Background: Cognitive deficits and structural brain changes co-occur in patients with schizophrenia. Improving our understanding of the relationship between these is important to develop improved therapeutic strategies. Back-translation of these findings into rodent models for schizophrenia offers a potential means to achieve this goal.
Aims: The purpose of this study was to determine the extent of structural brain changes and how these relate to cognitive behaviour in a sub-chronic phencyclidine rat model.
Methods: Performance in the novel object recognition task was examined in female Lister Hooded rats at one and six weeks after sub-chronic phencyclidine (2 mg/kg intra-peritoneal, n=15) and saline controls (1 ml/kg intra-peritoneal, n=15). Locomotor activity following acute phencyclidine challenge was also measured. Brain volume changes were assessed in the same animals using ex vivo structural magnetic resonance imaging and computational neuroanatomical analysis at six weeks.
Results: Female sub-chronic phencyclidine-treated Lister Hooded rats spent significantly less time exploring novel objects (p<0.05) at both time-points and had significantly greater locomotor activity response to an acute phencyclidine challenge (p<0.01) at 3-4 weeks of washout. At six weeks, sub-chronic phencyclidine-treated Lister Hooded rats displayed significant global brain volume reductions (p<0.05; q<0.05), without apparent regional specificity. Relative volumes of the perirhinal cortex however were positively correlated with novel object exploration time only in sub-chronic phencyclidine rats at this time-point.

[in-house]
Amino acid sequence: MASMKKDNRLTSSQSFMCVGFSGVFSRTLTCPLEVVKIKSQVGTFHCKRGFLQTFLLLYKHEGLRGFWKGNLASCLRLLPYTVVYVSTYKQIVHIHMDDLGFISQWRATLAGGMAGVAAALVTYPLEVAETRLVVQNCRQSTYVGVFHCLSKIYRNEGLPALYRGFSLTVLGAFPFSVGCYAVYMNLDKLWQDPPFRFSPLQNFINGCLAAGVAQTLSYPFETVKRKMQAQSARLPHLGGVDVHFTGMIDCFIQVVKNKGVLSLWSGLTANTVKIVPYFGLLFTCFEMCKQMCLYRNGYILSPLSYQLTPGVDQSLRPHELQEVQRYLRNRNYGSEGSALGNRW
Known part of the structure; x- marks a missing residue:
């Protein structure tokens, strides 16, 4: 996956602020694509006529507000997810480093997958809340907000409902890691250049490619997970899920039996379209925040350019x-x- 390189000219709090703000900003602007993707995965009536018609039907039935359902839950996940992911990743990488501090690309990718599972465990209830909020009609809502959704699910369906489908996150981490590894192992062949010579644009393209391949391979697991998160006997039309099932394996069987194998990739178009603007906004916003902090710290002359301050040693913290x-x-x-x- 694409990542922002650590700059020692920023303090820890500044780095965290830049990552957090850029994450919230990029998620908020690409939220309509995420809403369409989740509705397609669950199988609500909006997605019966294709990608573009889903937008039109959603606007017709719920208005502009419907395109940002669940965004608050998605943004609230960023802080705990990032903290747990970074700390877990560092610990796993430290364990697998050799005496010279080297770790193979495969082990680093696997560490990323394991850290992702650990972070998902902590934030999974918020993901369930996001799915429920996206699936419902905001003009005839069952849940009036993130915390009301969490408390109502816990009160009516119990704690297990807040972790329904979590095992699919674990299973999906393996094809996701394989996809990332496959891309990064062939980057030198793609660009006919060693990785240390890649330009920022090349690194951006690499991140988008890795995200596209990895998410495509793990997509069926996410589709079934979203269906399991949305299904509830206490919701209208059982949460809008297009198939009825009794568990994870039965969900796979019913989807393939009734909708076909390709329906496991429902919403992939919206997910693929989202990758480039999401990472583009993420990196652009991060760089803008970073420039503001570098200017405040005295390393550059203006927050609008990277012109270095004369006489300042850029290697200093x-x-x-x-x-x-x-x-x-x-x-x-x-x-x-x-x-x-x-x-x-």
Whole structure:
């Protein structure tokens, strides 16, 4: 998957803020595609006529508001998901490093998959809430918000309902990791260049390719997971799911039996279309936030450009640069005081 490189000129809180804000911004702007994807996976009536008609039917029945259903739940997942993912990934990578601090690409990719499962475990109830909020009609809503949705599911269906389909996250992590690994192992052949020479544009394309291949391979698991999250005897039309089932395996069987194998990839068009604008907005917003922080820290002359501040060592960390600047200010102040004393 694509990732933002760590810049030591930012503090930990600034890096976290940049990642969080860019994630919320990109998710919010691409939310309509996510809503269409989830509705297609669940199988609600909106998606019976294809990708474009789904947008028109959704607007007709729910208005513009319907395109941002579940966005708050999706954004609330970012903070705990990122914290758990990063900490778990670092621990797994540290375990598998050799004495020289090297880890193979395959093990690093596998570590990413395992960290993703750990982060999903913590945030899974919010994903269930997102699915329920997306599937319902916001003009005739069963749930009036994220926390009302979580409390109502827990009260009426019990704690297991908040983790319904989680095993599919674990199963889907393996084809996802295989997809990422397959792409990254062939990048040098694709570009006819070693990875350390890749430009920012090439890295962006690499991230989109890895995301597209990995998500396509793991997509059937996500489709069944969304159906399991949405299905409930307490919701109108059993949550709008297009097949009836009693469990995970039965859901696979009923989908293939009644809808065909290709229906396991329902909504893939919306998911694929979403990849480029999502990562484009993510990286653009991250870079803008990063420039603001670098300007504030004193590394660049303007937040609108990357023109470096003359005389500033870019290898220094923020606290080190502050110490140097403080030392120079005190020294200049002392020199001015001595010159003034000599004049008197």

Conclusion: A sustained sub-chronic phencyclidine-induced cognitive deficit in novel object recognition is accompanied by global brain volume reductions in female Lister Hooded rats. The relative volumes of the perirhinal cortex however are positively correlated with novel object exploration, indicating some functional relevance.
Keywords: Cognitive dysfunction; atrophy; behaviour; magnetic resonance imaging; phencyclidine; rat; schizophrenia.